By the Blouin News World staff

How the U.S. bail system exploits the poor

by in U.S..

(Source: Roy Luck/flickr)

(Source: Roy Luck/flickr)

This week, the Democratic presidential debate moved to Flint, Michigan. One of the questions asked of Bernie Sanders and Hillary Clinton related to the United States’ growing inmate population. The U.S. currently incarcerates the largest number of inmates in the world. A portion of that population is made up of defendants awaiting trial in jails because they cannot pay the bails set by the court — translating into a bail system that disproportionately affects the poor. It is a system whose history is worth examining to understand how this problem has evolved.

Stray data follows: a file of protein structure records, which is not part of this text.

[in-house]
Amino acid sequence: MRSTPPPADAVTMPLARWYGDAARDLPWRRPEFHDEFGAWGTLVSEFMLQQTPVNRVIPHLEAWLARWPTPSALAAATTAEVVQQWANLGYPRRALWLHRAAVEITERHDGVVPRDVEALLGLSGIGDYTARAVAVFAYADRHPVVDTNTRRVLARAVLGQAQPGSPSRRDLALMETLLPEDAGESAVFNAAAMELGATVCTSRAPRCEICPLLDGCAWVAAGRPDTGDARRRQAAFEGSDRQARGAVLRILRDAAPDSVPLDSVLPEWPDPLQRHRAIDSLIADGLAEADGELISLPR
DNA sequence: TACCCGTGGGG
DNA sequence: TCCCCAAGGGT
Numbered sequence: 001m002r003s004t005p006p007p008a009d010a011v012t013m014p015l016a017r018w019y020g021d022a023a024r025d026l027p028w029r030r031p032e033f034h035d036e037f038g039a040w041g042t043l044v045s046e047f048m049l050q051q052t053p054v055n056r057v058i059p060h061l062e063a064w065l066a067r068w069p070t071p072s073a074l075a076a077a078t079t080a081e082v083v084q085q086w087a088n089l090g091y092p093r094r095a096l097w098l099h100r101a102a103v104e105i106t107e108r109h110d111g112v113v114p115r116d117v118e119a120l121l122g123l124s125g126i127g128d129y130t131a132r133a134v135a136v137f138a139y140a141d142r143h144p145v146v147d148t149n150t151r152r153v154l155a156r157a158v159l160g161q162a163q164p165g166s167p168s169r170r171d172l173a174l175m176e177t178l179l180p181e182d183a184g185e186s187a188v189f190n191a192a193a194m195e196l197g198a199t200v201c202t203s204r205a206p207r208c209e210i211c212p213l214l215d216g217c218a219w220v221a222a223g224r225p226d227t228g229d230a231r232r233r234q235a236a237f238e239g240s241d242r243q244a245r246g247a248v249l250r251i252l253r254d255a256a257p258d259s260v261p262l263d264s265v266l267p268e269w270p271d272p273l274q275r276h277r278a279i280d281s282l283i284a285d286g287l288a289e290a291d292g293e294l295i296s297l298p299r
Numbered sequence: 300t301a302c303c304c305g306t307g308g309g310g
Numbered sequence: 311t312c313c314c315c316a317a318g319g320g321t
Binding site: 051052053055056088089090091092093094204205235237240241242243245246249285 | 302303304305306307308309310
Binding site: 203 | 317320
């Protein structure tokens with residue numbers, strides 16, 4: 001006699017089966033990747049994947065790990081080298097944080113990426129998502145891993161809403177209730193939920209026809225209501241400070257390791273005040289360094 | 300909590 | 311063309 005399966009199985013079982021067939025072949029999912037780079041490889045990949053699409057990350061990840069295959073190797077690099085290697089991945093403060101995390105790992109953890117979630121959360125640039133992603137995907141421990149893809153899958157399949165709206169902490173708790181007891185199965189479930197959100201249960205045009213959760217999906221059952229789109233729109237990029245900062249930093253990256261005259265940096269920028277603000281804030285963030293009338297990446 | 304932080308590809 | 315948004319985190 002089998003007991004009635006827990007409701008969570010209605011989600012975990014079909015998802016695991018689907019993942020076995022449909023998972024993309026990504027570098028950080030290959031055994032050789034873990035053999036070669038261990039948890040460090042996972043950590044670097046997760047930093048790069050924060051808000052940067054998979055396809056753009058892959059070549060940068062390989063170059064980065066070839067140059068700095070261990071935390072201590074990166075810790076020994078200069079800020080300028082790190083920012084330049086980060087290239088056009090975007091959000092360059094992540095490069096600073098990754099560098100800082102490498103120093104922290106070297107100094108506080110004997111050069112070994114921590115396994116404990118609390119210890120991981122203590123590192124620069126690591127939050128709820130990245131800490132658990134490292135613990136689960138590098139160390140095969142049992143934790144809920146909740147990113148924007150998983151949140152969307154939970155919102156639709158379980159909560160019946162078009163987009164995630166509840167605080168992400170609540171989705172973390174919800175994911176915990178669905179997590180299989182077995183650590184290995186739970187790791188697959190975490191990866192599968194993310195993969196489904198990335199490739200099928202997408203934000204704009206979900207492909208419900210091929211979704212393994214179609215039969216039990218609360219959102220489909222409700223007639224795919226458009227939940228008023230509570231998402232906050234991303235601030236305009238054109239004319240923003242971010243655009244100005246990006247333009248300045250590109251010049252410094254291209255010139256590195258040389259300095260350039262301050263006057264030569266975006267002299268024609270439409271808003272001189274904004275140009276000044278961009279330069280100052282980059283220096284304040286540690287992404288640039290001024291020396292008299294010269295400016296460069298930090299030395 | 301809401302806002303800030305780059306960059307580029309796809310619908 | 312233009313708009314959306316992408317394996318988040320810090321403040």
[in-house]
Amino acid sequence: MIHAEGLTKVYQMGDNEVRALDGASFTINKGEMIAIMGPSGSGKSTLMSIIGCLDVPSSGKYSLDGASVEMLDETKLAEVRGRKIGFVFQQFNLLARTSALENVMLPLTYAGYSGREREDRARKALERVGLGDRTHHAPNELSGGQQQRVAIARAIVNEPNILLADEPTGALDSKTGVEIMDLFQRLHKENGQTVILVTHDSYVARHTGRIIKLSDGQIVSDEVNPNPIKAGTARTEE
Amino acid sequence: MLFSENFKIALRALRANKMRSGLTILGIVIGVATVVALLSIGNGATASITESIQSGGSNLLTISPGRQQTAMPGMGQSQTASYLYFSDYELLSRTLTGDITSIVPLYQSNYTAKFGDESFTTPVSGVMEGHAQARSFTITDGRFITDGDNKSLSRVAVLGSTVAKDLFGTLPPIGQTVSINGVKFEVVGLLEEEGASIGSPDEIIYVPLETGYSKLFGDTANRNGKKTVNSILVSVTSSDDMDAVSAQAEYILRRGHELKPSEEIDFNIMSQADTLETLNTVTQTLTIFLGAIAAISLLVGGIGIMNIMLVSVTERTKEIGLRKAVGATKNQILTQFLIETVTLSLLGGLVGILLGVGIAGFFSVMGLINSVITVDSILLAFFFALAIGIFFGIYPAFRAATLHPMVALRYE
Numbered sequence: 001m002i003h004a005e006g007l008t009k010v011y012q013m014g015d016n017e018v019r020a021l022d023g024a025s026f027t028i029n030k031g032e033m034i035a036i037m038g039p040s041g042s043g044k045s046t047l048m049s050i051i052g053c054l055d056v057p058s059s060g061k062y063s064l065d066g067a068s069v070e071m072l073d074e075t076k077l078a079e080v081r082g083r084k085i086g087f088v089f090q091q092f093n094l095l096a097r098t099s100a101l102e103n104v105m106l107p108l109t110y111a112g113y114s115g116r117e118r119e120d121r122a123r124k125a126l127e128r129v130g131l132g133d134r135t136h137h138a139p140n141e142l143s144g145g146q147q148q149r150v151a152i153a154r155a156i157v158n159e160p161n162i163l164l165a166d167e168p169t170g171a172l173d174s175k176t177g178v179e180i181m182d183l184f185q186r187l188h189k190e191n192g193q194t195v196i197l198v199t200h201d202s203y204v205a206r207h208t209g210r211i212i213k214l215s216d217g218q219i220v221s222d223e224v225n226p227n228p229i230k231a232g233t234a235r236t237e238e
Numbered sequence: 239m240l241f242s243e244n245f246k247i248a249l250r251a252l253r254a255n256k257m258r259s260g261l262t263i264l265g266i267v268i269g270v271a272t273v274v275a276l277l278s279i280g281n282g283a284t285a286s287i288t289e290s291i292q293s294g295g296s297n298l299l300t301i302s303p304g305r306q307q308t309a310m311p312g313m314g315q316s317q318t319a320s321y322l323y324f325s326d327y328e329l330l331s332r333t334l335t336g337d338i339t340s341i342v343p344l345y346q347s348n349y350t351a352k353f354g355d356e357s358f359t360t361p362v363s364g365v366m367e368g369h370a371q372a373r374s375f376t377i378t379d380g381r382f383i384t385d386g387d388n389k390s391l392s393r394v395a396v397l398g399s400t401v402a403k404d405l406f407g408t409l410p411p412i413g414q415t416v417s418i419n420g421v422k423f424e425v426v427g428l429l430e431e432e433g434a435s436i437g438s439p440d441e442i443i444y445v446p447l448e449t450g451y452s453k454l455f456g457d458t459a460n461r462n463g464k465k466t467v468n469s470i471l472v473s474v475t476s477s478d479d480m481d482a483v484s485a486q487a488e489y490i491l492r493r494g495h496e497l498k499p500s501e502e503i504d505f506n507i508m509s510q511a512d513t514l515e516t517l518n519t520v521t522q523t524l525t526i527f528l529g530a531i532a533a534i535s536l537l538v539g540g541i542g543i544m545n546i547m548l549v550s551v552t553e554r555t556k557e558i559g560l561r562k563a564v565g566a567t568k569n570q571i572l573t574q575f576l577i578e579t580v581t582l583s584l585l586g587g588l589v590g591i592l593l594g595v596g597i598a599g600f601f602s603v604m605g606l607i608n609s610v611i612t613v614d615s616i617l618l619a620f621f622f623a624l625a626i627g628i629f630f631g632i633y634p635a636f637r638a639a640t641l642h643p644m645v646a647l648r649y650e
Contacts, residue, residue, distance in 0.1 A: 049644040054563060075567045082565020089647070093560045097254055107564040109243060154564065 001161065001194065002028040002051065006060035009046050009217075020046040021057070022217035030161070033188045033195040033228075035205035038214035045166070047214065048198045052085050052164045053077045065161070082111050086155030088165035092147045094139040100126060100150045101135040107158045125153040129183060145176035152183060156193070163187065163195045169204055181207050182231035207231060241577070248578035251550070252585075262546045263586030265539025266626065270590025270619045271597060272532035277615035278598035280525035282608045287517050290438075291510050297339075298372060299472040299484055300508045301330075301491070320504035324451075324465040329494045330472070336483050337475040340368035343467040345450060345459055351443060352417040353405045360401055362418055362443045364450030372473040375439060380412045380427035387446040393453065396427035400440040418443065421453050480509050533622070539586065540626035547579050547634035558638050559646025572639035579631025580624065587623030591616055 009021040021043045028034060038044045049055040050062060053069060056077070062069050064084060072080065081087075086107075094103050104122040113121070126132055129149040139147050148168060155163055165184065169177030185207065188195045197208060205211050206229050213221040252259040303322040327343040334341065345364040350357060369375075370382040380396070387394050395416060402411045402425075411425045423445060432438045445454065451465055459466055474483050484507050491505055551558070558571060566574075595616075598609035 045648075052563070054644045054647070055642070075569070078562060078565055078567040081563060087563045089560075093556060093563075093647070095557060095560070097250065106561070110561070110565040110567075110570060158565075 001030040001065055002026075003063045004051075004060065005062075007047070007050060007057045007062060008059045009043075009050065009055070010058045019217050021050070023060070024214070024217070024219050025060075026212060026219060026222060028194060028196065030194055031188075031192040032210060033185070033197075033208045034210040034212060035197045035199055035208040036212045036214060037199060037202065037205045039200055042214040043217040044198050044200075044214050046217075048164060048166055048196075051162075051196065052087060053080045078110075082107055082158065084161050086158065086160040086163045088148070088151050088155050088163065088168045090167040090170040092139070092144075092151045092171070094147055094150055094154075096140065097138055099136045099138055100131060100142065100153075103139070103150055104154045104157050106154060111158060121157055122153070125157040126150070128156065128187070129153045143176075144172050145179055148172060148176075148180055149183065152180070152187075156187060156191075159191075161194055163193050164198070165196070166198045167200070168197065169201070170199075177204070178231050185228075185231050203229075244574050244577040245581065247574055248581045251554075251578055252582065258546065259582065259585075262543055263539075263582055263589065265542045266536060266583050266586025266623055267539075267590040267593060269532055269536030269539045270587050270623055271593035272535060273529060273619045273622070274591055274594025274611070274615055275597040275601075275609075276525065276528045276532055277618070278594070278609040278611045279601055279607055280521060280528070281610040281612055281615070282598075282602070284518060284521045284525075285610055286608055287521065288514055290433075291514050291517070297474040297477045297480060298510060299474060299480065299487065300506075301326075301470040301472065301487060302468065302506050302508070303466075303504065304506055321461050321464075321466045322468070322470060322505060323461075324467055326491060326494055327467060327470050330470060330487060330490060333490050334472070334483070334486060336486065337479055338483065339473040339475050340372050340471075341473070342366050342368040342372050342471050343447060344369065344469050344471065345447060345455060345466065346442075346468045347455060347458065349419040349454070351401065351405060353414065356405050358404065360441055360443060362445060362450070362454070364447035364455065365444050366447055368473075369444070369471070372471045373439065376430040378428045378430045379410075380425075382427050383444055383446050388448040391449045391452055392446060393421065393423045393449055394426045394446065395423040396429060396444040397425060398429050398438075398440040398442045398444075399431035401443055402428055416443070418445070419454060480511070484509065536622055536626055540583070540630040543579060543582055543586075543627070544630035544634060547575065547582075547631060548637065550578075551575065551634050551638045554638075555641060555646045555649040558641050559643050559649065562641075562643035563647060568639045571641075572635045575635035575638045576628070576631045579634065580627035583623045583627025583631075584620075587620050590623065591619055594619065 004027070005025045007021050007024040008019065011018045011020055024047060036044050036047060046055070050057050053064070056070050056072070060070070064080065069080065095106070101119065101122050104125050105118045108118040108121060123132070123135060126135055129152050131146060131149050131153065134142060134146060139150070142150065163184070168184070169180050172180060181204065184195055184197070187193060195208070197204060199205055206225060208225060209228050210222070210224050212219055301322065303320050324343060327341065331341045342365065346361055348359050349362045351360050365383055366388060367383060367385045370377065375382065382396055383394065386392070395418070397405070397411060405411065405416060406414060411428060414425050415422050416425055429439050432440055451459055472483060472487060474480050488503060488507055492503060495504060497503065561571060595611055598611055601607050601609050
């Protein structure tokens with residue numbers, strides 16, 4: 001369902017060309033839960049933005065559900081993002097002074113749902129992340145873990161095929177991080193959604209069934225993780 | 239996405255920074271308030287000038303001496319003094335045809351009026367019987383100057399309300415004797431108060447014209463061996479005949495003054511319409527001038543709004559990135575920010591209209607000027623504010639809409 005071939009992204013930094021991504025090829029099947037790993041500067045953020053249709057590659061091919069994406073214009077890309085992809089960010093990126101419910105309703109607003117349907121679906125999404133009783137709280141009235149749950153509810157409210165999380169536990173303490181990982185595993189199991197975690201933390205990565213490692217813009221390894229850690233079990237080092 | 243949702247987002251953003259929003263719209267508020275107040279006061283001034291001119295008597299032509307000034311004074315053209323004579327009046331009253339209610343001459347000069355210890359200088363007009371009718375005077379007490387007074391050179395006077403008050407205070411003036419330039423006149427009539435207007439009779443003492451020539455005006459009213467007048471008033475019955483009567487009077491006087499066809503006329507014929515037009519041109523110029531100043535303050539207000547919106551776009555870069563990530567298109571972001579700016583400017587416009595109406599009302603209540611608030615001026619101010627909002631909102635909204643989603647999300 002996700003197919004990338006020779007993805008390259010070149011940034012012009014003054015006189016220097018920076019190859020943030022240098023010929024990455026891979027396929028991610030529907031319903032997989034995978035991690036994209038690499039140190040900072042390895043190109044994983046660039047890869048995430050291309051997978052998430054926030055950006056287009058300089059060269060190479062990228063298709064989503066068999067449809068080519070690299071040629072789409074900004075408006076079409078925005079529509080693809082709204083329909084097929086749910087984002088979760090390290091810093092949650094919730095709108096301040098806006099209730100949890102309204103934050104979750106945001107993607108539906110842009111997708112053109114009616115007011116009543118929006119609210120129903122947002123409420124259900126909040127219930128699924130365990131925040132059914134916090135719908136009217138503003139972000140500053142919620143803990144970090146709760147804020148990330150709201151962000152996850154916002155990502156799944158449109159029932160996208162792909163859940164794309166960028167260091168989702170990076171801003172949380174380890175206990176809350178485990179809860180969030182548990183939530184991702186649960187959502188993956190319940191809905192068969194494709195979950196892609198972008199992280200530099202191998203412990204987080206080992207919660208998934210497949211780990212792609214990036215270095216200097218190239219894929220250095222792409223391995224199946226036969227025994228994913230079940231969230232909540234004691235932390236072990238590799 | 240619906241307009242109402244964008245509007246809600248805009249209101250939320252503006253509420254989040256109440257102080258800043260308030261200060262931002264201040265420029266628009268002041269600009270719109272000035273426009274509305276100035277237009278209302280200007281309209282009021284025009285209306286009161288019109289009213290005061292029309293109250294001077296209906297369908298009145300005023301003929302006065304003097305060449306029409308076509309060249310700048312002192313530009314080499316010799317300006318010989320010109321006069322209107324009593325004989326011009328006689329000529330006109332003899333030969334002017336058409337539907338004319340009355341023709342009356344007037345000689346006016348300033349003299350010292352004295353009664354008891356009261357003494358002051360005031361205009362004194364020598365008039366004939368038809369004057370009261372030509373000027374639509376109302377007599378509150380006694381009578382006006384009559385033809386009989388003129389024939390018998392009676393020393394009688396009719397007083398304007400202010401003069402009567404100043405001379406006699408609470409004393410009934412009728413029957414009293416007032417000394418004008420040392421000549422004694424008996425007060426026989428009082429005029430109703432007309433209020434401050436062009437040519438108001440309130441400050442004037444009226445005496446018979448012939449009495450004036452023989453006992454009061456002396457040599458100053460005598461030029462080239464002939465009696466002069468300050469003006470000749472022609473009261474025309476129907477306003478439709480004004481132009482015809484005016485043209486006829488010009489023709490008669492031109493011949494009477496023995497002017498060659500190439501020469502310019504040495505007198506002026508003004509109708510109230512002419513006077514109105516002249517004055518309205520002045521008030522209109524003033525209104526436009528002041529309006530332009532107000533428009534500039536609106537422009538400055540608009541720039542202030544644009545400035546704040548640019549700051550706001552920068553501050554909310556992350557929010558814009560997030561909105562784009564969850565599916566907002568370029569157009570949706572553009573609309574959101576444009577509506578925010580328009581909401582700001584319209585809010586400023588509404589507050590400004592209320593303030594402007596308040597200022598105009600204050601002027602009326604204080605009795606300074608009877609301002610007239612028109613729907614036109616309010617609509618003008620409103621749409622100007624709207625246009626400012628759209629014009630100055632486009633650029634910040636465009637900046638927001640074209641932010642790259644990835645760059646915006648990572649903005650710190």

The bail system has its roots in colonial English law as security in the form of money or property given to a court in exchange for the release of a person from legal custody. American colonies adopted the system, and as early as 1776, states began adding sections to their constitutions prohibiting “excessive bail.”…

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